No – we don’t want that! Before we complete this, verify that the dataset is in-fact a read-write clone:

The ZFS dataset can be promoted:

See that the snapshot is now a snapshot of the CLONED filesystem:

And that the original filesystem (the one we cloned) is now dependent on this snapshot, and uses it as its origin:

Essentially, the parent-child relationship is switched. We can switch it back:

Switch it back again (dizzy yet?) and then you can destroy the dataset that datapool/cloned was created from (i.e. datapool/clonefs):

As the dependent filesystem has now been removed, the snapshot too can be removed:

And we’re done with clones.

Sending/Receiving ZFS Data

ZFS send/receive is essentially ufsdump/ufsrestore on steroids. zfs send can be used to create “streams” from snapshots, and send those streams to files, other systems, or indeed another dataset with zfs recv.

zfs send/recv, along with the snapshot functionality, allow us to create our own complex backup solutions relatively simply.

Start, as usual, with a test dataset with a few files copied to it:

Create a snapshot of the filesystem:

zfs send writes a stream of the current snapshot to STDOUT. zfs recv receives a ZFS data stream on STDIN. Thus, we can just pipe it the output of zfs send into zfs recv and create a new filesystem from the stream on-the-fly:

We can see that the new filesystem has been created:

The snapshot has also been created:

We won’t be needing that, so we can remove it:

We can verify that datapool/receiveme contains the data we sent:

zfs send will, by default, send a full backup. You can use zfs send -i to send incremental backups and fashion yourself that backup system I’ve been prattling on about – which is when the ZFS snapshots that it creates on the destination (receiving) dataset are required (so that the filesystem can be restored to a point-in-time, for example). Going into this solution within this article is stretching the scope a little.

As zfs send/recv operate on streams (just like the rest of UNIX), we can do things like:

Conclusion

This article has covered the ZFS basics, and a few advanced concepts too. In a later article, I’ll introduce other concepts such as ZFS Delegated administration, setting up NFS/SMB servers using a ZFS backing store, repairing failed zpools (and scrubbing) and much more.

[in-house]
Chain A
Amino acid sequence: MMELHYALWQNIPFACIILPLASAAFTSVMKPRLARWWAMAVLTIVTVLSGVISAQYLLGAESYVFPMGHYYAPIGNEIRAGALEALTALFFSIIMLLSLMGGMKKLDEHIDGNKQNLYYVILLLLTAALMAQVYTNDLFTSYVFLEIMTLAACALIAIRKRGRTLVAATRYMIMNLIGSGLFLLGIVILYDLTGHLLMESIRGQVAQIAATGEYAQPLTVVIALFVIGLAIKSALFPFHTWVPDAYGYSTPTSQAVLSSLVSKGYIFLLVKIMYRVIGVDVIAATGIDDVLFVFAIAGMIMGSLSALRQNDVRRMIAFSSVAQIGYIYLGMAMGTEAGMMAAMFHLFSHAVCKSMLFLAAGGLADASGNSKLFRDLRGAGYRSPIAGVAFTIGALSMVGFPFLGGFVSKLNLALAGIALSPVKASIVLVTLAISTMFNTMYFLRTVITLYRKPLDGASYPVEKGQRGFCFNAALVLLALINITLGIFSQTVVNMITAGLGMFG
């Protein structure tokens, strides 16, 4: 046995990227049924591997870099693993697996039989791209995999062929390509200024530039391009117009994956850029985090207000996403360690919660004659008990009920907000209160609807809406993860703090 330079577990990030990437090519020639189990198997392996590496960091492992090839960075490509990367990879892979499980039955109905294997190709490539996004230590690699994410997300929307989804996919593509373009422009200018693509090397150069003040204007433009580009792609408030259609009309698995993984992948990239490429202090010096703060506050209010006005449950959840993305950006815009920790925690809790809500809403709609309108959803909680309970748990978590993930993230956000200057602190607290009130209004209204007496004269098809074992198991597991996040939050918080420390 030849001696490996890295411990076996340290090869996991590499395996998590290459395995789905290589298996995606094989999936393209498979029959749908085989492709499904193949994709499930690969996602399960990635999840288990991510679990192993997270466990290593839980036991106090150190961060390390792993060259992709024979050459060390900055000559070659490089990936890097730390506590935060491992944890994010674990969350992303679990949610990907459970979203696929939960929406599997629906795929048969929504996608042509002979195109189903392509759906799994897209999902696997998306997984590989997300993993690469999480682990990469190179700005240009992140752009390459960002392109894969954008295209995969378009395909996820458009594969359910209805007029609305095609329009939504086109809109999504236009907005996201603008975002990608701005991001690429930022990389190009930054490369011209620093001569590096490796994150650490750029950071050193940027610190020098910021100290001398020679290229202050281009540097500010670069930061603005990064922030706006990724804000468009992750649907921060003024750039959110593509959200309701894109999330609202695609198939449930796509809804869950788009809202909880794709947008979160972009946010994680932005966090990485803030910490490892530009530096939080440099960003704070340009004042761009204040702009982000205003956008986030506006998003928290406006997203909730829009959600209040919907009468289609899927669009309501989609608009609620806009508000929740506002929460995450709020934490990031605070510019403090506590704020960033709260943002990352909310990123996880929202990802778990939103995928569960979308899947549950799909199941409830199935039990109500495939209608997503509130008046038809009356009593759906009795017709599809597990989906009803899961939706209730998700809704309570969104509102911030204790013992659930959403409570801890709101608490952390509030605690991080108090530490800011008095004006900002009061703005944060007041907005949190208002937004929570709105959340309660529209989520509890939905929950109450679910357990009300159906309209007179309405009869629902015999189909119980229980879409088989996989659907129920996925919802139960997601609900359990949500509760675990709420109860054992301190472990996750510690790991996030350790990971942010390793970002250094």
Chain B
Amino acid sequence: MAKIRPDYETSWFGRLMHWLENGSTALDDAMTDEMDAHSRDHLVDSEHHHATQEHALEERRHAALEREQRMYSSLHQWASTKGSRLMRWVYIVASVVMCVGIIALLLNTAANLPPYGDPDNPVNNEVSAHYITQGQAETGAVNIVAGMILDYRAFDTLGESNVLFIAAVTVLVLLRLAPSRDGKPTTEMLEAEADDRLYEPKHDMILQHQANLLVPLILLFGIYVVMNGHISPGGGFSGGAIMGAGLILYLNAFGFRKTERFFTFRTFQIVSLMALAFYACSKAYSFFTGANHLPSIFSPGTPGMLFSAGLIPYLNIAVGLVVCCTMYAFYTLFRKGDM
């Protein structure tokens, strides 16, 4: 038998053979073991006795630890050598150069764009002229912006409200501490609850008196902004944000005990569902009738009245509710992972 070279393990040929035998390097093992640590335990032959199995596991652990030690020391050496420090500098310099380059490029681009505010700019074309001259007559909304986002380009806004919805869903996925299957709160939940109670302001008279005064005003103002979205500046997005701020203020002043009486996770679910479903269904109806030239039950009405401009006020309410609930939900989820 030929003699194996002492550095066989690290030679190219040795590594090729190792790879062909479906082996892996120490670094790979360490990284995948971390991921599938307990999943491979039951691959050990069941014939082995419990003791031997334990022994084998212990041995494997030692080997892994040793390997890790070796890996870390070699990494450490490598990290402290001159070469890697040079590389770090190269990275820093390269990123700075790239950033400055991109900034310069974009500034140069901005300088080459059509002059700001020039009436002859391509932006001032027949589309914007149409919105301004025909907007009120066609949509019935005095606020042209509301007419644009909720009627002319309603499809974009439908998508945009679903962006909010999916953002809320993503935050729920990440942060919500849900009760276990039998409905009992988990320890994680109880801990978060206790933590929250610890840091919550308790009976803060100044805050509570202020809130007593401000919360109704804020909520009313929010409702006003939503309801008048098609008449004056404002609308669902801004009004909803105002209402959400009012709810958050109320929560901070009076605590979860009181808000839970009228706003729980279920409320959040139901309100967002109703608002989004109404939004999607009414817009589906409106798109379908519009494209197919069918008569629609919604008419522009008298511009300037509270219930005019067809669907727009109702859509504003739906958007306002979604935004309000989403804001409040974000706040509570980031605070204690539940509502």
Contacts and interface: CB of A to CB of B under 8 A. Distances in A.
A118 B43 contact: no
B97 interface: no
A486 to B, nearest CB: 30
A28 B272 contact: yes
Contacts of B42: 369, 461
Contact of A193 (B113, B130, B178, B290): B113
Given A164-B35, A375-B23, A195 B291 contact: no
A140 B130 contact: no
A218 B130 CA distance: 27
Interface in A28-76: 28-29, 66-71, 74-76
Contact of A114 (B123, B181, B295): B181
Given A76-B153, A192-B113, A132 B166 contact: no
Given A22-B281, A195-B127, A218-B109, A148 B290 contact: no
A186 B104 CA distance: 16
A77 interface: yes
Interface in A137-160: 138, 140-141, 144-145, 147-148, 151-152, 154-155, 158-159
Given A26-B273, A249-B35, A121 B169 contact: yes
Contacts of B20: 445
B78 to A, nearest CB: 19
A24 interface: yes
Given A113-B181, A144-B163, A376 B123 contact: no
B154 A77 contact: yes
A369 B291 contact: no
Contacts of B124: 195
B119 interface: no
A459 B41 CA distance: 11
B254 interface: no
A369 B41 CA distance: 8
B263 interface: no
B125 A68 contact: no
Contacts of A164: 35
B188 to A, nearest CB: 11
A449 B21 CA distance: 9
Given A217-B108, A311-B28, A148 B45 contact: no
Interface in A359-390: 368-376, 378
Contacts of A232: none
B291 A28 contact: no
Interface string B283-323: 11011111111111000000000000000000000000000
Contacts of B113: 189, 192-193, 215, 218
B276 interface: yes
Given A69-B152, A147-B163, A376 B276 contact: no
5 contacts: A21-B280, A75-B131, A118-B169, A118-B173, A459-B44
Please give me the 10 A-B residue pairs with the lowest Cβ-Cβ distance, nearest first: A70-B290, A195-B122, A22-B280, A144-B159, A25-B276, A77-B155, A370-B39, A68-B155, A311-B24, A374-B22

ZFS Part 4: ZFS Snapshots

Snapshots are another piece of awesome functionality built right into ZFS. Essentially, snapshots are a read-only picture of a filesystem at a particular point-in-time. You can use these snapshots to perform incremental backups of filesystems (sending them to remote systems, too), create filesystem clones, create pre-upgrade backups prior to working with new software on a filesystem, and so on.

The snapshot will, initially, only refer to the files on the parent ZFS dataset from which they were created and not consume any space. They will only start to consume space once the data on the original dataset is changed. The snapshot will refer to these blocks and will not free them, thus the snapshot will start consuming space within the pool. The files on the snapshot can be accessed and read via standard UNIX tools (once you know where to look).

The best way to discuss these concepts is via some examples. Let us start by creating a test dataset:

Copy a few files to the new filesystem:

Verify that the dataset has been created and is using space within the pool:

So, we can see that 35KB is being referenced, and used, by the dataset. Which is all as expected.

Now, let’s take a snapshot of this dataset. Snapshots are named <datasetname>@<arbitrarystring> – you can pretty much use whichever string you want for arbitrarystring, but it’d make sense to use something meaningful, such as the date or some such.

Create the snapshot:

Verify that the snapshot has been created:

You can see here that whilst the snapshot refers to 35KB of data, 0 bytes are currently used. This is expected as we are referencing all the data within datapool/snapshotfs, and haven’t yet changed anything.

Let’s delete a file from the filesystem.

Now, a zfs list -t snapshot shows that the snapshot is consuming 21KB:

This is expected, as the snapshot now has a copy (via copy-on-write) of the data we deleted.

Create another snapshot (note REFER is now 34K as the file copy of /etc/shadow was removed from datapool/snapshotfs) …

and remove another file.

USED will change accordingly:

See that the first snapshot we took HASN’T changed, again due to copy-on-write. Just to labour the point, let’s create another snapshot:

Again, REFER has gone down to 31.5K (due to the copy of /etc/passwd being removed from datapool/snapshotfs) and USED is 0 because we haven’t done anything else to datapool/snapshotfs since creating the snapshot.

Remove the final file:

All as expected. USED is up again. Thus, snapshots contain incremental changes and can be used as the basis of developing incremental backups (once an appropriate full backup has been taken). We can use these to rollback, too. Let’s rollback to datapool/snapshotfs@20130129-3, and get our copy of /etc/group back:

Very cool. Now, let’s rollback the dataset to the first snapshot we took:

Note that we need to specify the -r option to zfs rollback as we have multiple snapshots taken later than snapshotfs@20130129 that must be removed during the rollback to original dataset state. Note, we still have the ORIGINAL snapshot we’ve rolled back to active, and this will still be using space as the dataset is changed.

Our files are now restored.

We can access the copies of the files stored on the snapshot, under <dataset_mountpoint>/.zfs/snapshot/<snapshot_name>, for example:

Let’s destroy the test dataset (remembering -r to zfs destroy so that the snapshot(s) are removed too):

We can now use what we’ve learned about ZFS Snapshots to work with ZFS Clones.

ZFS Part 3: Compression & Encryption

Also available to us is ZFS compression. Let’s create a test pool for testing. We’ll turn a few options on and off so you see the syntax:

Verify that the dataset was created with all appropriate options: